A Family Vacation

One of our favorite books for reading aloud is The Relatives Came by Cynthia Rylant (Bradbury Press, 1985). After the story, we ask children to talk about times they've traveled with family or had family visiting them. We invite children to bring in souvenirs, postcards, or photos from these times. Then we brainstorm a list of year-round, no-travel family "vacations" (such as vacant-lot nature walks, living room campouts, and so on). We've even tried a few of these with our classroom family!

Family Graphs

Here are two ways our students graph family information:

  1. Turn a piece of graph paper horizontally. Print the letters of the alphabet along the bottom (one letter per square). Make one copy of this page for each child. At the top of the page, help each child print the names of his or her family members. Then, have children create name bar graphs by coloring in one square above each letter that appears in each name until all the names have been graphed. Finally, help children to count and record the total number of letters represented in their family members' names.
  2. Read How Many Feet in the Bed? by Diane Johnston Hamm (Simon and Schuster, 1991). Then use the reproducible My Family Counts! page to create family counting wheels. Mount copies of the wheel onto construction paper. Have children take copies of the wheel home so they may count and total the number of family member's body parts as directed on each wedge of the wheel. Back in class, help children calculate their own grand totals and those of the class. (This activity is great for teaching kids how to skip-count by twos, fives, and tens.)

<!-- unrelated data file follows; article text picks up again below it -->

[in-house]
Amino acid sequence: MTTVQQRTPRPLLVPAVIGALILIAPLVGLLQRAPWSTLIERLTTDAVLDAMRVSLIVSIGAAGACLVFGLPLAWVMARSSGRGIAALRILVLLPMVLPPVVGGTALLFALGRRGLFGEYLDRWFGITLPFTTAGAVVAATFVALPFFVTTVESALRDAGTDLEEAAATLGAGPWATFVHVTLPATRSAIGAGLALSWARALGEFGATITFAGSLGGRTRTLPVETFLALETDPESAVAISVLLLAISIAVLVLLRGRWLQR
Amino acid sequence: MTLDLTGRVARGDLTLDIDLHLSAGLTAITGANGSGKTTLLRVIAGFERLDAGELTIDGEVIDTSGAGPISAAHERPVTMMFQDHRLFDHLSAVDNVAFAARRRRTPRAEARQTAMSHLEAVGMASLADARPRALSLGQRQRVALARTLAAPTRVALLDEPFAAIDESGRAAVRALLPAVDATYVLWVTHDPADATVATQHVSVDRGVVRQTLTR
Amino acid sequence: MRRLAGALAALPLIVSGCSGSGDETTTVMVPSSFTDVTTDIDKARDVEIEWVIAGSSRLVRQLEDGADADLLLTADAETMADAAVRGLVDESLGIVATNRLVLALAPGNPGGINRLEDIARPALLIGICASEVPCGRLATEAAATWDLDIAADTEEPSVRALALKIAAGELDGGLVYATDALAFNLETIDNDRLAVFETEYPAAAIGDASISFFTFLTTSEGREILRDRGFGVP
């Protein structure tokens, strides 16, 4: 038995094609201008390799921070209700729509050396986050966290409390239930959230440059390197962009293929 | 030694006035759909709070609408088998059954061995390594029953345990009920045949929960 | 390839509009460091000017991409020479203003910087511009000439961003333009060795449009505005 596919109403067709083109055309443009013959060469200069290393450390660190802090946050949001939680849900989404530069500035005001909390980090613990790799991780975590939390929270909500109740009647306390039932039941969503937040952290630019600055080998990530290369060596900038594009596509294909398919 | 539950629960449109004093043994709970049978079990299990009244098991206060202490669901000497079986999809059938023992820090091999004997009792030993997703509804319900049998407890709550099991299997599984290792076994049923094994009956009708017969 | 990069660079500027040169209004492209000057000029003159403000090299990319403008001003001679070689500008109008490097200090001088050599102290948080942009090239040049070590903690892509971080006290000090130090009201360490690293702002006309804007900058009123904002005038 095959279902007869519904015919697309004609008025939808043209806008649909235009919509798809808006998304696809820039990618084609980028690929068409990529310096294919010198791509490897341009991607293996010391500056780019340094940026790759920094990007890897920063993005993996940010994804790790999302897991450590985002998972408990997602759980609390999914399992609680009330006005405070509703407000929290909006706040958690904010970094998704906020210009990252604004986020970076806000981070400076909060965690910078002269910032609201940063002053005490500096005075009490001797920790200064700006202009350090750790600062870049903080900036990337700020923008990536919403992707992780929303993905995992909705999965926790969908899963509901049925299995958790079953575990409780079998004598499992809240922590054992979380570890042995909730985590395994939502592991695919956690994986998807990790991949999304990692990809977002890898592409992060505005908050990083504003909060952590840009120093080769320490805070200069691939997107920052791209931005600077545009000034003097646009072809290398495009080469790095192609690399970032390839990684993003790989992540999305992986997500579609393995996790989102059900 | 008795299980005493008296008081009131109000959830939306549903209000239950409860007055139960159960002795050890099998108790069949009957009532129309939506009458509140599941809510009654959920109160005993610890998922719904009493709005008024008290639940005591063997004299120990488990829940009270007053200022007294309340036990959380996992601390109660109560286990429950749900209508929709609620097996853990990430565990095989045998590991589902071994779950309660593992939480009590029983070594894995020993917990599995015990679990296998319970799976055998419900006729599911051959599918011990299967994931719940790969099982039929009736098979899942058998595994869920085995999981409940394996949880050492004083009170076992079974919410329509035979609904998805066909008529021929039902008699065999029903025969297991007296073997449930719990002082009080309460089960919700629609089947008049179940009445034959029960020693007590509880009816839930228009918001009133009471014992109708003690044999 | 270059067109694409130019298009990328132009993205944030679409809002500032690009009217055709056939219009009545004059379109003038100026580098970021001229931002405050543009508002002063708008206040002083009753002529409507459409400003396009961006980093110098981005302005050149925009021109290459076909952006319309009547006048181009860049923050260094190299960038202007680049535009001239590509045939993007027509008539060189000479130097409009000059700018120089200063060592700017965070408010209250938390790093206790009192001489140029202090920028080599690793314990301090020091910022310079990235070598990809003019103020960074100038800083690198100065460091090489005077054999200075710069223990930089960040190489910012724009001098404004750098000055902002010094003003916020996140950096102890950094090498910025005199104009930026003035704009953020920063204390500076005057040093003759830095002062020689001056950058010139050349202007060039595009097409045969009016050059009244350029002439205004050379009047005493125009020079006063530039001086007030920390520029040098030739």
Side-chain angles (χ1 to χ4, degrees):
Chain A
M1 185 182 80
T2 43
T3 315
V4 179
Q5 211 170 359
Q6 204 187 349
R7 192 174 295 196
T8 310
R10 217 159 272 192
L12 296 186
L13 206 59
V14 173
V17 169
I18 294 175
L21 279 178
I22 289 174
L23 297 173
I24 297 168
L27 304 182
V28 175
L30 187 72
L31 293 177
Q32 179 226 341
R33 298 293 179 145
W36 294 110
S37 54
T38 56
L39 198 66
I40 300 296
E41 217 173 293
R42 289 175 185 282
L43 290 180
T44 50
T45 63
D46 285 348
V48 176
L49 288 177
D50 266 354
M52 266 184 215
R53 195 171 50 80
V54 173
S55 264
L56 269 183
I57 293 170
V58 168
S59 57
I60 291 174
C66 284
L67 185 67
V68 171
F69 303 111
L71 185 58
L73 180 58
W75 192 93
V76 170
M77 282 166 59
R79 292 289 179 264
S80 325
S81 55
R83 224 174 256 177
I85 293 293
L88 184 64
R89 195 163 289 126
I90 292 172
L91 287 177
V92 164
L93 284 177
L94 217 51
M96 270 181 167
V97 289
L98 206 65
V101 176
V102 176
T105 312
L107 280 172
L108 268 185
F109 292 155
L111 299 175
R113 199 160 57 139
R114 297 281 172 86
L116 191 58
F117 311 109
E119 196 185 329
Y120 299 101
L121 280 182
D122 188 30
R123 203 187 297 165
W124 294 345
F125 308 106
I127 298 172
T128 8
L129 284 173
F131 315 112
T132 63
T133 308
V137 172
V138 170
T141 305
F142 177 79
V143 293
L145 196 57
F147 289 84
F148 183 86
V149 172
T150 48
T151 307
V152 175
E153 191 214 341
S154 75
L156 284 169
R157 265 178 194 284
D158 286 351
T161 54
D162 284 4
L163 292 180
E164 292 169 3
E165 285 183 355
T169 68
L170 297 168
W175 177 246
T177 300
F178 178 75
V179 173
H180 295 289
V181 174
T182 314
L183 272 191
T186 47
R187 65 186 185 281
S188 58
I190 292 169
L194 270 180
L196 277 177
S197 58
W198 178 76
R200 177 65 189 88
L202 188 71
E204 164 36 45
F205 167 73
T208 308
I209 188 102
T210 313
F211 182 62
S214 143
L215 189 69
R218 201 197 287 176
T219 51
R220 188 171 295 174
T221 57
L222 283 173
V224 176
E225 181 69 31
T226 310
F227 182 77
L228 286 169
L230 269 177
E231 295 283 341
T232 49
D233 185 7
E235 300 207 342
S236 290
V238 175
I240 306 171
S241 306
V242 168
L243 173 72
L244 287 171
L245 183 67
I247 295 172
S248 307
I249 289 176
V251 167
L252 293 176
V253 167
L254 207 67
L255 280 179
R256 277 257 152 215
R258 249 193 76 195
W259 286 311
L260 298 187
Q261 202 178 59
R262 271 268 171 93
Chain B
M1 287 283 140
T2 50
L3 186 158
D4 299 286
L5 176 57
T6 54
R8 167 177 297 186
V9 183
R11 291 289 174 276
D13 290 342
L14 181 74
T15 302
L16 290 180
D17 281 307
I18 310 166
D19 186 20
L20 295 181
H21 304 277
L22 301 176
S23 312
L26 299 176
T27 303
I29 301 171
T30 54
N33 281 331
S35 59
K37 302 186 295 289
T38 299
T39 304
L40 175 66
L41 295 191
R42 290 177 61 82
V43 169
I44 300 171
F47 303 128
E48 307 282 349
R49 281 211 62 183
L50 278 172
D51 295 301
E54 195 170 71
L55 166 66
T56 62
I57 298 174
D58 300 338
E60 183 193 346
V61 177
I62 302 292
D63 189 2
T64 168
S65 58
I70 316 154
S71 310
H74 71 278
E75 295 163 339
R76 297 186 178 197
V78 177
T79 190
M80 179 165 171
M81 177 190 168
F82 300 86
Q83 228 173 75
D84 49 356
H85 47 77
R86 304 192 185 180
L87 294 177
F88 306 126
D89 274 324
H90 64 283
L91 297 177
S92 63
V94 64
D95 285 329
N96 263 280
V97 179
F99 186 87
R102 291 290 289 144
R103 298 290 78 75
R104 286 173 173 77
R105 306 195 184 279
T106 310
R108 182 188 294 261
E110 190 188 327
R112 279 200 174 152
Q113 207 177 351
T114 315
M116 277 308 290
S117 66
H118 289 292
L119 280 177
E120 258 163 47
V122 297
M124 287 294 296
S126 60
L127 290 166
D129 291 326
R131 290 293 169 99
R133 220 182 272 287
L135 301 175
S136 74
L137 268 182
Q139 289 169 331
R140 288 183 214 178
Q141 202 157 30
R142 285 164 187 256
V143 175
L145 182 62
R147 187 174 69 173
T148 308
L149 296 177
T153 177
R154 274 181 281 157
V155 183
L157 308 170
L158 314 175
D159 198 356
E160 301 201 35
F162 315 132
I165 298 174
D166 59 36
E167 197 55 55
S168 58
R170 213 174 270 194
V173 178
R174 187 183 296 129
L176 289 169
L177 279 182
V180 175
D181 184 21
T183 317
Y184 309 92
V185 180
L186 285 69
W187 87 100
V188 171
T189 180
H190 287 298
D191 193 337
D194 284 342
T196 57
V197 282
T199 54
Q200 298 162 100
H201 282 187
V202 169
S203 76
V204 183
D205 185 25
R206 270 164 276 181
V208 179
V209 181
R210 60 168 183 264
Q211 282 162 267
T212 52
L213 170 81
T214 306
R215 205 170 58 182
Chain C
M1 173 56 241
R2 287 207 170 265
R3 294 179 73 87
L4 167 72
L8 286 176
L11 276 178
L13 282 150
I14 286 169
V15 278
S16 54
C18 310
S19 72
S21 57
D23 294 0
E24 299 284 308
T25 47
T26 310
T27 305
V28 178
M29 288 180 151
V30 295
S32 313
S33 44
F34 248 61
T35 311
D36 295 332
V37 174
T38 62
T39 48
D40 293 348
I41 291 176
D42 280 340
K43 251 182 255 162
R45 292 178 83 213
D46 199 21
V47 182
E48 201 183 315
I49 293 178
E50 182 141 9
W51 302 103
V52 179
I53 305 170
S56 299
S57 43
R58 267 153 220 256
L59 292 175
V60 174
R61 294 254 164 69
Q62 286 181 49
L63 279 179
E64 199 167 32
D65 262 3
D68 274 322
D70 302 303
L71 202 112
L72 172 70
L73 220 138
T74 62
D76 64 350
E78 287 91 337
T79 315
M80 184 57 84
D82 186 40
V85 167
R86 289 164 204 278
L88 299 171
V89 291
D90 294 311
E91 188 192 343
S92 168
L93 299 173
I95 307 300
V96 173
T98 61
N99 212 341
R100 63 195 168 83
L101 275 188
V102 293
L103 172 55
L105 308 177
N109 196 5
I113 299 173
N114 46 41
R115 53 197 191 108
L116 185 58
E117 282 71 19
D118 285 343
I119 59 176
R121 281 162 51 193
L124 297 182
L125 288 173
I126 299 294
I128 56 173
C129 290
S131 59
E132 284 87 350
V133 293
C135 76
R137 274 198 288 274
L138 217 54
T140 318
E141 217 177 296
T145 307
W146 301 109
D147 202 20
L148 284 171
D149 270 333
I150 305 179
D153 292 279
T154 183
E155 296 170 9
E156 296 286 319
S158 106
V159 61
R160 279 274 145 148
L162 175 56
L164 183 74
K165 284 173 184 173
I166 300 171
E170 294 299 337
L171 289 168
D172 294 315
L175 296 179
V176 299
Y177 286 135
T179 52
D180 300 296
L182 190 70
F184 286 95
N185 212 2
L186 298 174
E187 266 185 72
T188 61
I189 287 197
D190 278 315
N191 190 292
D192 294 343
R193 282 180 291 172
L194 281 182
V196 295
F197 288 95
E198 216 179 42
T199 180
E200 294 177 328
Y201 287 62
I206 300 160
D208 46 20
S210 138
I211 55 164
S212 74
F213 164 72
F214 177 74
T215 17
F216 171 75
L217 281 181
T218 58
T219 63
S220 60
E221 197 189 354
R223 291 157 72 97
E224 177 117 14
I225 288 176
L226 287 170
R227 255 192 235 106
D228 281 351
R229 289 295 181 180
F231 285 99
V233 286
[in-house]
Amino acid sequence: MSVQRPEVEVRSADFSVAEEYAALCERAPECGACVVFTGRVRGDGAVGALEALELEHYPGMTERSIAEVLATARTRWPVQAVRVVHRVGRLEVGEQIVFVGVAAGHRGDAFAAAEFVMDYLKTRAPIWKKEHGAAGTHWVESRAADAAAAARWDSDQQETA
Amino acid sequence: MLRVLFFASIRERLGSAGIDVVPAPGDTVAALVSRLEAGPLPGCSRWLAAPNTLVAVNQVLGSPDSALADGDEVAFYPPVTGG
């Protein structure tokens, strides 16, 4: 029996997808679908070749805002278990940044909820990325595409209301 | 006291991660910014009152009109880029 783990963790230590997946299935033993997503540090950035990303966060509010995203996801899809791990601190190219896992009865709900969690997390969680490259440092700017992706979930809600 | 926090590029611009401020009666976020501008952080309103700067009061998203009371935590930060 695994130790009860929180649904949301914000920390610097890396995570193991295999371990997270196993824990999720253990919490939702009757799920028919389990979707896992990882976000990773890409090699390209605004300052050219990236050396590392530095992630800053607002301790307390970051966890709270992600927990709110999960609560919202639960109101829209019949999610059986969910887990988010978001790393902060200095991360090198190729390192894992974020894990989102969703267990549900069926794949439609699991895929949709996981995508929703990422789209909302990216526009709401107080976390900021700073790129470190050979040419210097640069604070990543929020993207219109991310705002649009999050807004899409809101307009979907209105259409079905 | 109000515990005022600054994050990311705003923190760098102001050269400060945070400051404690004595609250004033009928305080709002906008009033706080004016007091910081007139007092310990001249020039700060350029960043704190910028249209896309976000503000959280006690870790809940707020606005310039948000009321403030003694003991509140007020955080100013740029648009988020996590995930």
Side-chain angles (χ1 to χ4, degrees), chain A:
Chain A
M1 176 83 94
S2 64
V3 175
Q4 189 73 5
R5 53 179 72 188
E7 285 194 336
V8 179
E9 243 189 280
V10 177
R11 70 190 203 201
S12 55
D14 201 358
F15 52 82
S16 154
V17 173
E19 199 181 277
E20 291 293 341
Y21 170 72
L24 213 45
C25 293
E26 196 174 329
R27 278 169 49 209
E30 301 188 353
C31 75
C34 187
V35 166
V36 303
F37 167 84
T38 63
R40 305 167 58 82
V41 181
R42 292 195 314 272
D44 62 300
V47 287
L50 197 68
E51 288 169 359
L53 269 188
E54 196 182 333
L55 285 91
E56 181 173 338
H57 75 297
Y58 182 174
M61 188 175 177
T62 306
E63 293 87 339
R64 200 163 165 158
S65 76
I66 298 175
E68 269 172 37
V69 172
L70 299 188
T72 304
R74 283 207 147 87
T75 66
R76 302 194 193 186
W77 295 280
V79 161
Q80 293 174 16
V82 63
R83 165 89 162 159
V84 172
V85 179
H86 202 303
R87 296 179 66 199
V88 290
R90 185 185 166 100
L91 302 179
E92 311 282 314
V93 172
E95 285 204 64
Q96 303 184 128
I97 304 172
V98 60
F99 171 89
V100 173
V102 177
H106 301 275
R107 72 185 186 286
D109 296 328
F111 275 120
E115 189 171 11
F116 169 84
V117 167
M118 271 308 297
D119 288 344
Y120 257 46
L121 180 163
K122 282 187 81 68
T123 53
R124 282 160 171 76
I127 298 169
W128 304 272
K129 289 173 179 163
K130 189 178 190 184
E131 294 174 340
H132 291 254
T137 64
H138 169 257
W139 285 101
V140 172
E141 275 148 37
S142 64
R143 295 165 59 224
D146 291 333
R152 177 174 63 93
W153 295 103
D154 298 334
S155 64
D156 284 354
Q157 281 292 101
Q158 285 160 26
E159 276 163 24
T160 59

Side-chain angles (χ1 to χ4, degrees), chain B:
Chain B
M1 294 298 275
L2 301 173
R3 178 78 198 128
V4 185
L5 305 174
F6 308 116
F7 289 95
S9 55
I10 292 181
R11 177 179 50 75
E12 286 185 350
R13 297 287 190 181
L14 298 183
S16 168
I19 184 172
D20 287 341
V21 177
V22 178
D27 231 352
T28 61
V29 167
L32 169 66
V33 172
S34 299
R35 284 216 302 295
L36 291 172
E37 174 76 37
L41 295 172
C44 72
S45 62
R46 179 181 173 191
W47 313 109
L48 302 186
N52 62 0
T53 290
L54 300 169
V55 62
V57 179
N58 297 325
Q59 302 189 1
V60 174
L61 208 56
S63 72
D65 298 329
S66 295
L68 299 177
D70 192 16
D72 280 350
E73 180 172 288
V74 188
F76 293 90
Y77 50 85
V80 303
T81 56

A House Is a House...

Our students love the book A House Is a House for Me by Mary Ann Hoberman (Penguin,1978). For a fun interactive chart to go along with the activity, we draw an large house shape on butcher paper (approximately 4-by-7feet), then laminate it so it can be reused. Together with our students, we make a list of various household things (such as cups and shoes) that can serve as houses for other things. Then we offer children blank index cards so they can illustrate their ideas and tape them directly onto the house. (We find that it helps to encourage children to "color to the edges of the cards" so that their pictures will not appear too small.) We help each child label their cards by completing for each one the line "A is a house for a ..."

Writing About Grandpa

Grandpa Loved (Simon and Schuster, 1989), the award-winning book by Josephine Nobisso, celebrates the relationship between a child and his grandfather. You might want to share the following information with your students before handing out the Meet a Mentor reproducible about Josephine. Then invite students to share feelings about their own grandparents.